Govt may pass law to prosecute M’sian companies responsible for forest fires
The government may pass a law to prosecute Malaysian plantation companies guilty of causing fires in their property even if it is outside Malaysia, said Prime Minister Tun Dr Mahathir Mohamad. He said the law would be used against companies that failed to put out the forest fires and were partly responsible for the haze. “We will ask them to take action to put out the fire. But of course, if we find them unwilling to take action (to extinguish the fire), we may have to pass a law to make those responsible for fires in their property, even if it is outside Malaysia,” he added. Among the measures taken so far to tackle the haze were cloud-seeding initiatives and closure of schools. (NST Online)

BNM: Malaysia’s household debt dips but remains high
Malaysia’s household debt level remained elevated at 82.2% of GDP, according to Bank Negara Malaysia (BNM). This compares with 83% as at end-2018. The central bank said that loans for the purchase of residential properties continued to be the key driver of debt growth. It said although the share of household debt held by borrowers earning less than RM3,000 per month has continued to decline over the years, the leverage of these borrowers has risen steadily largely due to housing loans which have been made more accessible under various loan assistance schemes introduced in recent years. Meanwhile, BNM said house prices continued to expand at a more moderate pace amid sustained demand for affordable properties, but total unsold units have risen further, mainly driven by properties priced above the maximum affordable house prices in individual states. (The Sun Daily)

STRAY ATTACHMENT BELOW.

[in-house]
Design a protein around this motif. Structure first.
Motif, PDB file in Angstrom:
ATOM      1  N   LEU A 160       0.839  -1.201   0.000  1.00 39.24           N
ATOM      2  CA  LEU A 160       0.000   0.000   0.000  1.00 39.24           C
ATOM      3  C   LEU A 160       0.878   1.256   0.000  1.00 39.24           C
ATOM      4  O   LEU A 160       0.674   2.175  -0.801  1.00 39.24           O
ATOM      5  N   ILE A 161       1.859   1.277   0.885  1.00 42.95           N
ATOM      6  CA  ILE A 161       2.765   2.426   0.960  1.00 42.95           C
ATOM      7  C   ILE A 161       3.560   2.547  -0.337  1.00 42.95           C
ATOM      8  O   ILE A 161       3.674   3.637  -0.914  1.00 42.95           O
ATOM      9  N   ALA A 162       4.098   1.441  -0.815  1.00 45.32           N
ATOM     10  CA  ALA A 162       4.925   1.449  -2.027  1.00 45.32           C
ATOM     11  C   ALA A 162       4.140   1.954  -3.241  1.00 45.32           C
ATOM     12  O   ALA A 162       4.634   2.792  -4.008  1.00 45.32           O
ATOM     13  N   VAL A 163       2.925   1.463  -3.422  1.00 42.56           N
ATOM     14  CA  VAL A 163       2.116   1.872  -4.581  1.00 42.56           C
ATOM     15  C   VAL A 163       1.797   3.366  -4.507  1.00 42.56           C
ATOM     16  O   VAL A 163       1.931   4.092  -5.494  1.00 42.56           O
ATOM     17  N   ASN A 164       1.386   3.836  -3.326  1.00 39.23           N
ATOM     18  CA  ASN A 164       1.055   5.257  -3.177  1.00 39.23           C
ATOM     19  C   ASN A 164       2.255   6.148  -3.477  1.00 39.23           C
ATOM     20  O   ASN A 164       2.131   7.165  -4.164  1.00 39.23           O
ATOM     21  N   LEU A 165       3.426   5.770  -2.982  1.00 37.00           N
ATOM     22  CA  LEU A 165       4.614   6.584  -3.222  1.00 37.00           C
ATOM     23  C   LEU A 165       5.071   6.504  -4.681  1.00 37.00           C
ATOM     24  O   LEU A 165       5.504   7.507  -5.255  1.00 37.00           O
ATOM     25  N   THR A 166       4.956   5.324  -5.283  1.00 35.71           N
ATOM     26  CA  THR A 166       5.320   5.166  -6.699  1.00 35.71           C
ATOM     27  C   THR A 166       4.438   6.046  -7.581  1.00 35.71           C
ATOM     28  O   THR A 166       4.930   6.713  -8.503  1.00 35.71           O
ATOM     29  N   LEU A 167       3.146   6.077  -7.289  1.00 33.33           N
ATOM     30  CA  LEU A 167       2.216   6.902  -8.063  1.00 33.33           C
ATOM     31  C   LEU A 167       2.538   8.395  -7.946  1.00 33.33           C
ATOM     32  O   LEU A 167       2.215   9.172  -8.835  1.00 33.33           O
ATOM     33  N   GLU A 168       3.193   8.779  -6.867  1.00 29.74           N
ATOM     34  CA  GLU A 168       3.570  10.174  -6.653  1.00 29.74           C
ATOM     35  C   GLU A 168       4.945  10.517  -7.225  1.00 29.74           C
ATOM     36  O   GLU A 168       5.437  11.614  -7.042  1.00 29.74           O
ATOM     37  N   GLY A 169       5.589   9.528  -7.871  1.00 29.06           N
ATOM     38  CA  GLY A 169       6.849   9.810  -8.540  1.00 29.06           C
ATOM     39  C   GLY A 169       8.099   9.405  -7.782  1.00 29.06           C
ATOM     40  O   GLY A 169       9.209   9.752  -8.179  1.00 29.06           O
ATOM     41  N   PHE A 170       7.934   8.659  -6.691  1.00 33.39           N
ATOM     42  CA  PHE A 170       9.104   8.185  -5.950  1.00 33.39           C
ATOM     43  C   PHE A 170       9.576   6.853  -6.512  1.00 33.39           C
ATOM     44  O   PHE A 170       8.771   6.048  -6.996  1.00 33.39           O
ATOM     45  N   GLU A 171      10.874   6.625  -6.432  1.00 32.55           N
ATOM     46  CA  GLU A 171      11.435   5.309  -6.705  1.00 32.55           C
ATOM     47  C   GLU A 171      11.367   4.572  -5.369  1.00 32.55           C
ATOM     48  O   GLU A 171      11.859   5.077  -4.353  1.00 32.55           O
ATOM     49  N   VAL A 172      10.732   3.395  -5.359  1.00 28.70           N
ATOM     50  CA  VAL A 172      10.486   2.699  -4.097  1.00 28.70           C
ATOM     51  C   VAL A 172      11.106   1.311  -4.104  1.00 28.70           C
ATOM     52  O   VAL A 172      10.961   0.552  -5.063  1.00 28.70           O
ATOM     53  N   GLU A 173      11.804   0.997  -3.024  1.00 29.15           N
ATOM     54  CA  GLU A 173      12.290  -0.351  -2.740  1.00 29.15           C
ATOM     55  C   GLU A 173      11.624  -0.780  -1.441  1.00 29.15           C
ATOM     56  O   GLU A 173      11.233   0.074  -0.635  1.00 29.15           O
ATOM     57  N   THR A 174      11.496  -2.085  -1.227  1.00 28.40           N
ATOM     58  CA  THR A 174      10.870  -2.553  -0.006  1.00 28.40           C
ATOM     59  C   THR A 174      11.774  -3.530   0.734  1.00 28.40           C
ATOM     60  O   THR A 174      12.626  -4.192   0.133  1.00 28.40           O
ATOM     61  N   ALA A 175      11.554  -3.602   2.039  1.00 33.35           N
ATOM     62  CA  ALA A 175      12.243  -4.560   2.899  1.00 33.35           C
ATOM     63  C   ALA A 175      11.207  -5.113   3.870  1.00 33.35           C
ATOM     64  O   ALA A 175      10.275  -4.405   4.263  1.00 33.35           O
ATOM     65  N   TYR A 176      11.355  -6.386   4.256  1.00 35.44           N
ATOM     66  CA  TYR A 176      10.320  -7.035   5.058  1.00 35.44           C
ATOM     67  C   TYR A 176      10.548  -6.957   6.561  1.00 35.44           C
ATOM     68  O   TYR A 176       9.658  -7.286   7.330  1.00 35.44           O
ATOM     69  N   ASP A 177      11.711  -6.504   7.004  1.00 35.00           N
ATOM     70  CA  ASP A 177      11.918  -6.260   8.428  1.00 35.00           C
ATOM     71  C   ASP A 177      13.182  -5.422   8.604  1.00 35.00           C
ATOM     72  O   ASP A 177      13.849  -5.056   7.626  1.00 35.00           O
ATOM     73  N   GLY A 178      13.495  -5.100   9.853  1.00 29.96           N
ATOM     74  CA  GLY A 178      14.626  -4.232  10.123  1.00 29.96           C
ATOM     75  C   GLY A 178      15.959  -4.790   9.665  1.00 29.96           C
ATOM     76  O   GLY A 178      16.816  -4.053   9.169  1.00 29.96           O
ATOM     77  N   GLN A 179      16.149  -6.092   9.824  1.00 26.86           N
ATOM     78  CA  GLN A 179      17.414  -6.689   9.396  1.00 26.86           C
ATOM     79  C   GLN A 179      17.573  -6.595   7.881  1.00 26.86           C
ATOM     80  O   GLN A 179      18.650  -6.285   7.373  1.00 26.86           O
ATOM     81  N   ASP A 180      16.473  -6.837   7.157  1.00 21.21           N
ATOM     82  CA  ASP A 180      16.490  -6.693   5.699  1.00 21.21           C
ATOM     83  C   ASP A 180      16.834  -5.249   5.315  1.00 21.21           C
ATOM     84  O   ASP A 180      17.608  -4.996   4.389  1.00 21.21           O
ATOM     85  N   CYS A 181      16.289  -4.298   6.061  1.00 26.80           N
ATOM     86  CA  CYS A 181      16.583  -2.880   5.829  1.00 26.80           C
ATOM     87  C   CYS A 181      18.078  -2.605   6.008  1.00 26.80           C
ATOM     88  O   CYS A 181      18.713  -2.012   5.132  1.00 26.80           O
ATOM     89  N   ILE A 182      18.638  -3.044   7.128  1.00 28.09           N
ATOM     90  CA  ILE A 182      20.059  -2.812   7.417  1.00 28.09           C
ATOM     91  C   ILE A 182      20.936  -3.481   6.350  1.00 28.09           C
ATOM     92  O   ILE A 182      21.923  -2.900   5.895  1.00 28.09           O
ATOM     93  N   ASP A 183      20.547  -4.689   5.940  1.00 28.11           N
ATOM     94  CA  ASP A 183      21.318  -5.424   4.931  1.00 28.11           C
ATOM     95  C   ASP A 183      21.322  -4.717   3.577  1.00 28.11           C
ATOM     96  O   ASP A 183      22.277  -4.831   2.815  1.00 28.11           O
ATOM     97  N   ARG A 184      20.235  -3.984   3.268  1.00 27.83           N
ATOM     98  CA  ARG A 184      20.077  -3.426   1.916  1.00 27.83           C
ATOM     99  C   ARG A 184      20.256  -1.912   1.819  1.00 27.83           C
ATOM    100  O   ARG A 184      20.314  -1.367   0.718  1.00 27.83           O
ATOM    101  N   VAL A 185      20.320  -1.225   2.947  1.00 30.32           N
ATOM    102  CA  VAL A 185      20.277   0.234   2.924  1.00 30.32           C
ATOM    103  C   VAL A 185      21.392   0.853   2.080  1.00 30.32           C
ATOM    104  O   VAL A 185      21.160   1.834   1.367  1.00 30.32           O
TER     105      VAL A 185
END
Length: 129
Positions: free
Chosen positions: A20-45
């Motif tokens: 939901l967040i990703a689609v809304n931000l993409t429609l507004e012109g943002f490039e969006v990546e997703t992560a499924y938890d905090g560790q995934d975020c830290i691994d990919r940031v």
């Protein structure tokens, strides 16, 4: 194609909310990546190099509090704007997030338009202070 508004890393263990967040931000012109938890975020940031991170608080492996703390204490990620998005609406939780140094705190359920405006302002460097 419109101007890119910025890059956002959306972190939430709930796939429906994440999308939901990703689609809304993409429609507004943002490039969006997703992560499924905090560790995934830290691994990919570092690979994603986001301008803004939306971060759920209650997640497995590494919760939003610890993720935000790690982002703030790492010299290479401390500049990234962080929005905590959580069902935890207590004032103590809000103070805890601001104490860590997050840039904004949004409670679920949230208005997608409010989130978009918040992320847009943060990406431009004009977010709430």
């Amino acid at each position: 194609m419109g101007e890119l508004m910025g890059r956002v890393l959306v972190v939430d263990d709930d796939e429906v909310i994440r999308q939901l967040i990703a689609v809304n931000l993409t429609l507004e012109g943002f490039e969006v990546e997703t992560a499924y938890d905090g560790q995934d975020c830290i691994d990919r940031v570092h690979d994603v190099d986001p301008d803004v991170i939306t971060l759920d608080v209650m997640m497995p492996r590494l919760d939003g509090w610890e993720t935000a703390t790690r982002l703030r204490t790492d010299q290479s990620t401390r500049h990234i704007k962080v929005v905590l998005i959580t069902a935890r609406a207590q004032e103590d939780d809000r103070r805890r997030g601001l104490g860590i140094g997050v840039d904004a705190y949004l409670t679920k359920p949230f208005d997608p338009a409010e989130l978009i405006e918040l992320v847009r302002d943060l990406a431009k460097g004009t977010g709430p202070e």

Malaysia plans to adopt early security screening system: Muhyiddin
Malaysia plans to adopt an early security screening system on foreign visitors with aim at blocking the entry of unwanted individuals such as terrorists, criminals and others. Home Minister Tan Sri Muhyiddin Yassin said the use of the Automated Targeting System-Global (ATS-G) was offered to Malaysia by the United States Customs and Border Protection (CBP). Muhyiddin said through the system, Malaysia would be able to share the contents of the United States’ database with the aim of helping the country to manage matters related to visitors’ arrivals. The United States, Muhyiddin said, has ample data, not only from within the country alone but also from other countries that it has existing cooperation. He said this was part of the efforts to set up a new immigration system for the country, to replace the existing ones that had been used for a long time. (The Sun Daily)

Govt has paid RM9b in interest for 1MDB debts
The government has paid at least RM9 billion in interest for 1Malaysia Development Bhd (1MDB) debts, according to Deputy Finance Minister Datuk Amiruddin Hamzah. He said the government is committed to repaying 1MDB debts, including the principal amounting to RM36 billion, while at the same ensuring there will be enough money for development expenditures. “We also will make sure that we will not default on (1MDB debts) repayments,” he said. (The Sun Daily)

Tony Fernandes steps down from all posts except Airasia, Airasia X
AirAsia Group Bhd chief executive Tan Sri Tony Fernandes said yesterday he is stepping down from all official board positions except AirAsia Group and AirAsia X Berhad to pave the way for new leaders to move up the company’s ranks. AirAsia X Berhad, operating as AirAsia X, is a long-haul budget airline based in Malaysia and a sister company of AirAsia. Fernandes is listed as an non-independent non-executive director on the board of AirAsia X. Last month, Fernandes was appointed as the chief executive of, the low-cost airline’s travel and lifestyle e-commerce platform. (Malay Mail)